Searching over 5,500,000 cases.


searching
Buy This Entire Record For $7.95

Download the entire decision to receive the complete text, official citation,
docket number, dissents and concurrences, and footnotes for this case.

Learn more about what you receive with purchase of this case.

Fog Cap Acceptance, Inc. v. Verizon Business Network Services, Inc.

United States District Court, D. Oregon

November 12, 2014

FOG CAP ACCEPTANCE, INC., and FOG CUTTER CAPITAL GROUP, INC., Plaintiffs,
v.
VERIZON BUSINESS NETWORK SERVICES, INC., VERIZON GLOBAL NETWORKS, INC., MCI COMMUNICATIONS SERVICES, INC., and JOHN DOE, Defendants.

OPINION AND ORDER

PAUL PAPAK, Magistrate Judge.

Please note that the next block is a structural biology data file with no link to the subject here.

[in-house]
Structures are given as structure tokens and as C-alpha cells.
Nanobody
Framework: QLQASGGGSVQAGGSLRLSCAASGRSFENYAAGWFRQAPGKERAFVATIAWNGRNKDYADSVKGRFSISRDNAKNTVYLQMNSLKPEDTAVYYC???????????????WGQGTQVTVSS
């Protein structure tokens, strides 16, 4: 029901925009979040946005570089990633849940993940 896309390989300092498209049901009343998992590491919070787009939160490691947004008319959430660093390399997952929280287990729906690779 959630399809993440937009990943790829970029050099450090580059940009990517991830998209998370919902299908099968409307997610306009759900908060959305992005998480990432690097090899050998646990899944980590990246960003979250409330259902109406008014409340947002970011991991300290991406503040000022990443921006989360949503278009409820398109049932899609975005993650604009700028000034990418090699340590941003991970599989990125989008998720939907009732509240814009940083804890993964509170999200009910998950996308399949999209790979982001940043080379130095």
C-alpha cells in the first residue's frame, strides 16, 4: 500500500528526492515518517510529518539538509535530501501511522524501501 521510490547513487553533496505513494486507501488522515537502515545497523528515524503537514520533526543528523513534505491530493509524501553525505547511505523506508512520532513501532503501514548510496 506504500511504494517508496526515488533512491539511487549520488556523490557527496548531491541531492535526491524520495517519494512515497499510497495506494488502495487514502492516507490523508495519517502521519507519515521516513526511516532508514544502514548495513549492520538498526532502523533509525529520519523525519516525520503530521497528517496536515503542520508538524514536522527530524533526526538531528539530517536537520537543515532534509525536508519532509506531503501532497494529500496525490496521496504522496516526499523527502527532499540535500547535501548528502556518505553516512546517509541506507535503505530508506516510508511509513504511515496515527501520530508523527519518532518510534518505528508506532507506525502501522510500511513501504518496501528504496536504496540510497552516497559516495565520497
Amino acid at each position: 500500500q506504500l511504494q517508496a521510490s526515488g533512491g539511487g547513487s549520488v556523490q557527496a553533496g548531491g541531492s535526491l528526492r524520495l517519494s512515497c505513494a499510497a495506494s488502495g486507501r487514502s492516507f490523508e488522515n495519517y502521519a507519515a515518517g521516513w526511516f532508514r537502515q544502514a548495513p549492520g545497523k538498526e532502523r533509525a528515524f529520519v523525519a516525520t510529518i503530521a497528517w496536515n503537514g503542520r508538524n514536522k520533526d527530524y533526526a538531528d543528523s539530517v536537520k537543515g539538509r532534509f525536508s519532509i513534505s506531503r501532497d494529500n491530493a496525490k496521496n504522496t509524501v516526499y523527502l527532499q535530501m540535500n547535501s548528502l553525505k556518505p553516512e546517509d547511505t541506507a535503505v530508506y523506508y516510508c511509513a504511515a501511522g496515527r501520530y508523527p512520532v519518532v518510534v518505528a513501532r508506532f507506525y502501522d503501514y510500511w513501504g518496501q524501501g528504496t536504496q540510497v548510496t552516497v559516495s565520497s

Plaintiffs Fog Cap Acceptance, Inc. ("FCA"), and Fog Cutter Capital Group, Inc. ("FCCG" and, collectively with FCA, "Fog Cap"), filed this action against Verizon Communications, Inc. ("VCI"), Verizon Business Network Services, Inc. ("VBNS"), an entity identified by Fog Cap as CA, Inc. ("CAT")[1], and an unidentified corporate subsidiary of VCI fictitiously identified as "John Doe" in the Multnomah County Circuit Court for the State of Oregon on April 22, 2011. On or around April 28, 2011, Fog Cap amended its state-court complaint, and on June 16, 2011, defendant CAT removed Fog Cap's action to this court.